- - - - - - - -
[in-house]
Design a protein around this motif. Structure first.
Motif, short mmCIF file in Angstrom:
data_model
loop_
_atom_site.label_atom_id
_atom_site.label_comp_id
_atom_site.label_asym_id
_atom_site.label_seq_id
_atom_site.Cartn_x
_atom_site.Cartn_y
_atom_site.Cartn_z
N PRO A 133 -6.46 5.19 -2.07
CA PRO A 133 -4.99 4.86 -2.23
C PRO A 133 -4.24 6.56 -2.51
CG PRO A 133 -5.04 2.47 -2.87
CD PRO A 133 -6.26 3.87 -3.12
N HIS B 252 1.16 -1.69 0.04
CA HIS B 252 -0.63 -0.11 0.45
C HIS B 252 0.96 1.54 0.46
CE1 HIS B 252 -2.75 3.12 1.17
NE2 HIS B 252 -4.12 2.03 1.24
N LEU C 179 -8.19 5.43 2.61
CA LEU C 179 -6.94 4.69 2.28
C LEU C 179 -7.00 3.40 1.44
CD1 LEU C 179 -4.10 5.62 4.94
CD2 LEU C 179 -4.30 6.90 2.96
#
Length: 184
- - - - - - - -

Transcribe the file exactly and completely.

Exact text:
[in-house]
Design a protein around this motif. Structure first.
Motif, short mmCIF file in Angstrom:
data_model
loop_
_atom_site.label_atom_id
_atom_site.label_comp_id
_atom_site.label_asym_id
_atom_site.label_seq_id
_atom_site.Cartn_x
_atom_site.Cartn_y
_atom_site.Cartn_z
N PRO A 133 -6.46 5.19 -2.07
CA PRO A 133 -4.99 4.86 -2.23
C PRO A 133 -4.24 6.56 -2.51
CG PRO A 133 -5.04 2.47 -2.87
CD PRO A 133 -6.26 3.87 -3.12
N HIS B 252 1.16 -1.69 0.04
CA HIS B 252 -0.63 -0.11 0.45
C HIS B 252 0.96 1.54 0.46
CE1 HIS B 252 -2.75 3.12 1.17
NE2 HIS B 252 -4.12 2.03 1.24
N LEU C 179 -8.19 5.43 2.61
CA LEU C 179 -6.94 4.69 2.28
C LEU C 179 -7.00 3.40 1.44
CD1 LEU C 179 -4.10 5.62 4.94
CD2 LEU C 179 -4.30 6.90 2.96
#
Length: 184